Brachial Plexus Injuries
At the side of the neck on each side the nerves exit from the spinal areas at each level and join and separate in a complicated manner in what is anatomically called the brachial plexus. This nerve collection runs down from the neck to the armpit where it separates into the individual nerves of the arm. The plexus is well placed to be easily injured in knife wounds, bullet wounds, sudden traction (stretch) and direct blows. Because of the severity of the injury and limited recovery, a brachial plexus lesion can leave someone with a painful arm of very limited use.
The commonest mechanism of injury is a traction injury where the arm is wrenched suddenly away from the body, with the neck in some cases travelling the opposite way, adding to the stretch. The commonest reasons for this kind of injury are motorcycle injuries where the shoulder and the head are stretched apart as the person hits the ground with speed, with high speed car injuries also contributing. Penetrating injuries from knives, bullets or other objects in a fall, falls from a height and a direct blow from a hard object can all cause this injury.
The number of brachial plexus lesions is difficult to estimate as they are very variable and not common, being most common in fifteen to twenty-five year old males who make up a great preponderance of trauma victims. Narakas, who treated many of these injuries, indicated his rule of seven seventies:
70% were from traffic accidents of which 70% were motorcycle accidents and 70% of these had multiple injuries
70% of those with multiple injuries had injuries above the clavicle area, so-called supraclavicular injuries.
One nerve root was torn in 70% of the supraclavicular injuries, and 70% of nerve roots were the lower cervical ones, 70% of which were responsible for a chronic pain problem.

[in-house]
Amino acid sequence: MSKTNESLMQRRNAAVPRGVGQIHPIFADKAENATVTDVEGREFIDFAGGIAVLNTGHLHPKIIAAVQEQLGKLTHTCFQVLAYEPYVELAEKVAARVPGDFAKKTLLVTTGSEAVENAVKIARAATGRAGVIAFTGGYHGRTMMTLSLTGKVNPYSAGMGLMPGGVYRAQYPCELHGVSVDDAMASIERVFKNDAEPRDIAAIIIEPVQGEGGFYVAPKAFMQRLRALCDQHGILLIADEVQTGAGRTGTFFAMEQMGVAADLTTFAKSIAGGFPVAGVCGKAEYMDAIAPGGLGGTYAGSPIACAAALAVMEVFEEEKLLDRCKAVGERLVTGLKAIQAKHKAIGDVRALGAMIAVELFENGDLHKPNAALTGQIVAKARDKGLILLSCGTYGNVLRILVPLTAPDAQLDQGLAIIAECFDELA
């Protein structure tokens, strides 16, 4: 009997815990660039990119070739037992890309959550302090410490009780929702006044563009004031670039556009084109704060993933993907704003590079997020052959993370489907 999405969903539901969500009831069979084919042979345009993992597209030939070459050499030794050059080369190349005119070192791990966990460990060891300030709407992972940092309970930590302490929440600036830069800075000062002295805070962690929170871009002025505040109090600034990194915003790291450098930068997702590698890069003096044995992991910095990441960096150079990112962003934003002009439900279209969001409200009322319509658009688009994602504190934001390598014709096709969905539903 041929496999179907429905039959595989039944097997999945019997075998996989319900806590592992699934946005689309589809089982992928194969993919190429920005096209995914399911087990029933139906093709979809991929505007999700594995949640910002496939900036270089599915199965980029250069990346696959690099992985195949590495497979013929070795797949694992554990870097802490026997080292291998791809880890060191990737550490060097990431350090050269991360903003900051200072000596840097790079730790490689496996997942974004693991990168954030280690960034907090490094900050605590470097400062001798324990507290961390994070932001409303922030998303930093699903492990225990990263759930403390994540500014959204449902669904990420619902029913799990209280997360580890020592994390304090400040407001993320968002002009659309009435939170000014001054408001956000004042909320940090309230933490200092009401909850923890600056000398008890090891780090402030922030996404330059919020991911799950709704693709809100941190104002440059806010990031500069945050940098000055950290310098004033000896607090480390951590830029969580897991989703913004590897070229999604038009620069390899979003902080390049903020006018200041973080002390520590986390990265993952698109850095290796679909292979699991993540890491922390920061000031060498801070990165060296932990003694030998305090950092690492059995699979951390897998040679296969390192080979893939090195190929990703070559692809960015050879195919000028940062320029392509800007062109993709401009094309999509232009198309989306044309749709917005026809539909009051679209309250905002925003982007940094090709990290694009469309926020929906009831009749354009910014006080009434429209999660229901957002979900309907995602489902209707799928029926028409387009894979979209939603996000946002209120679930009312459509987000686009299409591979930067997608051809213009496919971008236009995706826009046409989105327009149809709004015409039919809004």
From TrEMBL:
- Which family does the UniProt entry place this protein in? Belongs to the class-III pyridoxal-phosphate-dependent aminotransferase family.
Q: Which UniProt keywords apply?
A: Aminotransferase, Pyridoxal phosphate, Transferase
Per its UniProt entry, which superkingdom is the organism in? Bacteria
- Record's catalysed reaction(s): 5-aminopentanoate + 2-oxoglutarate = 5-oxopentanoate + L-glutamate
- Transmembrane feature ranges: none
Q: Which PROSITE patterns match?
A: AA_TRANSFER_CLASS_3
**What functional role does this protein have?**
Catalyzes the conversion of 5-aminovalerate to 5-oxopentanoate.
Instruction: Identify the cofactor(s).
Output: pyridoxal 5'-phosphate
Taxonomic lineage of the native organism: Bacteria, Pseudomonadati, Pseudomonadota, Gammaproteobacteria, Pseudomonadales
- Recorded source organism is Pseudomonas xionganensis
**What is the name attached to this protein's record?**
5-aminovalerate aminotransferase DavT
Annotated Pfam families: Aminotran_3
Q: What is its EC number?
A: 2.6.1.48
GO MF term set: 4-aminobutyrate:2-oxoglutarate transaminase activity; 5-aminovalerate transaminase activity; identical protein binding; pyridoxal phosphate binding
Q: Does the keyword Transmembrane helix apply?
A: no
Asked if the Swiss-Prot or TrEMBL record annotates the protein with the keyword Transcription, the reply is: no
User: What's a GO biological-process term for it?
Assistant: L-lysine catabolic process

If the neck and shoulder are moved apart suddenly with force there can be severe injury to the nerves of the brachial plexus with the nerve damage varying from a limited stretch to total nerve rupture from the spinal cord. If the connections are avulsed close to the spinal cord the picture is more serious and less likely to recover or be amenable to surgery. Further away from the spinal cord any rupture is more likely to have a good outcome. C5 and C6 injuries, the higher nerve roots, are more often damaged when the incident occurs with the arm by the side. C8 and T1 injuries, the lower nerve roots, are more likely injured when the arm is pulled suddenly overhead by the trauma.
A detailed examination of the arm may be necessary in a case of multiple injuries to ensure a brachial plexus lesion is not present. Typical symptoms are pain in the shoulder and neck, heaviness and weakness in the arm and abnormal sensations such as abnormal pain feelings or pins and needles. The shoulder can be very swollen and vascular injury from blood vessel traction should be suspected if pulses are absent or reduced. Medical examination of the reflexes, motor power and sensibility is performed to establish the nerves which have been injured and the degree of their injury. Testing for this can be difficult as nerve anatomy is variable and experience is necessary for interpretation.
In the past most brachial plexus lesions were managed conservatively with monitoring over twelve to eighteen months to check any recovery of muscle power. After this time the deficit was considered to be permanent even though small amounts of improvement could occur over a longer period. Treatments were targeted at making the arm more useful or amputating it. Surgical reconstruction is now common and the timing of this varies, with open injuries e.g. from a knife being explored at the time and nerve repair performed. A three to four week delay can be appropriate in more blunt force trauma.
During the long period waiting for any improvement, often up to 18 months, it is difficult to manage the problems such as development of chronic pain, arm swelling and maintenance of the normal ranges of the joints. Physiotherapists are closely involved in the maintaining of healthy joints and the strengthening of recovering muscles. The restoration of functional muscle strength by surgical intervention is more predictable in younger people.